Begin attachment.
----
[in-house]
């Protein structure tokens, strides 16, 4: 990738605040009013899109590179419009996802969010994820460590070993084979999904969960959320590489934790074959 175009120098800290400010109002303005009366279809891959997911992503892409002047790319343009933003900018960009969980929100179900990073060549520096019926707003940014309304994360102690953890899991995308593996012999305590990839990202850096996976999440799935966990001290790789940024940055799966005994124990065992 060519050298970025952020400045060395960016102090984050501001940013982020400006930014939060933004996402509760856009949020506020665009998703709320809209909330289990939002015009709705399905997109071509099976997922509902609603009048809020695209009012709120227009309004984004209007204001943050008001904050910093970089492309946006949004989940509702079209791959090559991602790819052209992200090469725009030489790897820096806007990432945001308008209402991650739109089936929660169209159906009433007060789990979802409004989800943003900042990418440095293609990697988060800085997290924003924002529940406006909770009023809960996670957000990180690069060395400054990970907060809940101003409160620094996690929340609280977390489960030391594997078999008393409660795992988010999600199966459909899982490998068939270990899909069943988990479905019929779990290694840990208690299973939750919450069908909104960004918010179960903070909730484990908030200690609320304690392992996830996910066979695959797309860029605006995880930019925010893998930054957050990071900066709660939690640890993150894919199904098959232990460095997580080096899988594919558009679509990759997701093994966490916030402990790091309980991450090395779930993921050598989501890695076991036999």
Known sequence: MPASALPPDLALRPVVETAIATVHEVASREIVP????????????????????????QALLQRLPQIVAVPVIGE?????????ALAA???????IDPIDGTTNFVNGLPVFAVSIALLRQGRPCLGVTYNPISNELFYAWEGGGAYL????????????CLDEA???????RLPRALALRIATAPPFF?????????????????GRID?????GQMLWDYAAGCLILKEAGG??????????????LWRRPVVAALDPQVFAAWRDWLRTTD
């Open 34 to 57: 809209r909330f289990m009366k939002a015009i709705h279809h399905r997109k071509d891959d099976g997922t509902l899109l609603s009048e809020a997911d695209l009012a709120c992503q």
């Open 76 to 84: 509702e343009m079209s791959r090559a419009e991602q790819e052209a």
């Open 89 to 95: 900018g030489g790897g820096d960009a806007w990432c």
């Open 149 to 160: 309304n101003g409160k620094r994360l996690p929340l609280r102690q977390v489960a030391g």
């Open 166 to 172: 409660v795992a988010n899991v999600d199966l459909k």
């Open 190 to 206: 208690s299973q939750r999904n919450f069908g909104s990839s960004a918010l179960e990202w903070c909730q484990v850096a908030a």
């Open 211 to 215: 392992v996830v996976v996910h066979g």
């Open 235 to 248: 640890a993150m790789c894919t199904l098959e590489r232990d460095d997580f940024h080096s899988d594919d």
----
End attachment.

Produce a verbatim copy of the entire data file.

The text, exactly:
[in-house]
């Protein structure tokens, strides 16, 4: 990738605040009013899109590179419009996802969010994820460590070993084979999904969960959320590489934790074959 175009120098800290400010109002303005009366279809891959997911992503892409002047790319343009933003900018960009969980929100179900990073060549520096019926707003940014309304994360102690953890899991995308593996012999305590990839990202850096996976999440799935966990001290790789940024940055799966005994124990065992 060519050298970025952020400045060395960016102090984050501001940013982020400006930014939060933004996402509760856009949020506020665009998703709320809209909330289990939002015009709705399905997109071509099976997922509902609603009048809020695209009012709120227009309004984004209007204001943050008001904050910093970089492309946006949004989940509702079209791959090559991602790819052209992200090469725009030489790897820096806007990432945001308008209402991650739109089936929660169209159906009433007060789990979802409004989800943003900042990418440095293609990697988060800085997290924003924002529940406006909770009023809960996670957000990180690069060395400054990970907060809940101003409160620094996690929340609280977390489960030391594997078999008393409660795992988010999600199966459909899982490998068939270990899909069943988990479905019929779990290694840990208690299973939750919450069908909104960004918010179960903070909730484990908030200690609320304690392992996830996910066979695959797309860029605006995880930019925010893998930054957050990071900066709660939690640890993150894919199904098959232990460095997580080096899988594919558009679509990759997701093994966490916030402990790091309980991450090395779930993921050598989501890695076991036999």
Known sequence: MPASALPPDLALRPVVETAIATVHEVASREIVP????????????????????????QALLQRLPQIVAVPVIGE?????????ALAA???????IDPIDGTTNFVNGLPVFAVSIALLRQGRPCLGVTYNPISNELFYAWEGGGAYL????????????CLDEA???????RLPRALALRIATAPPFF?????????????????GRID?????GQMLWDYAAGCLILKEAGG??????????????LWRRPVVAALDPQVFAAWRDWLRTTD
């Open 34 to 57: 809209r909330f289990m009366k939002a015009i709705h279809h399905r997109k071509d891959d099976g997922t509902l899109l609603s009048e809020a997911d695209l009012a709120c992503q």
């Open 76 to 84: 509702e343009m079209s791959r090559a419009e991602q790819e052209a």
């Open 89 to 95: 900018g030489g790897g820096d960009a806007w990432c």
């Open 149 to 160: 309304n101003g409160k620094r994360l996690p929340l609280r102690q977390v489960a030391g």
């Open 166 to 172: 409660v795992a988010n899991v999600d199966l459909k």
């Open 190 to 206: 208690s299973q939750r999904n919450f069908g909104s990839s960004a918010l179960e990202w903070c909730q484990v850096a908030a």
């Open 211 to 215: 392992v996830v996976v996910h066979g």
């Open 235 to 248: 640890a993150m790789c894919t199904l098959e590489r232990d460095d997580f940024h080096s899988d594919d």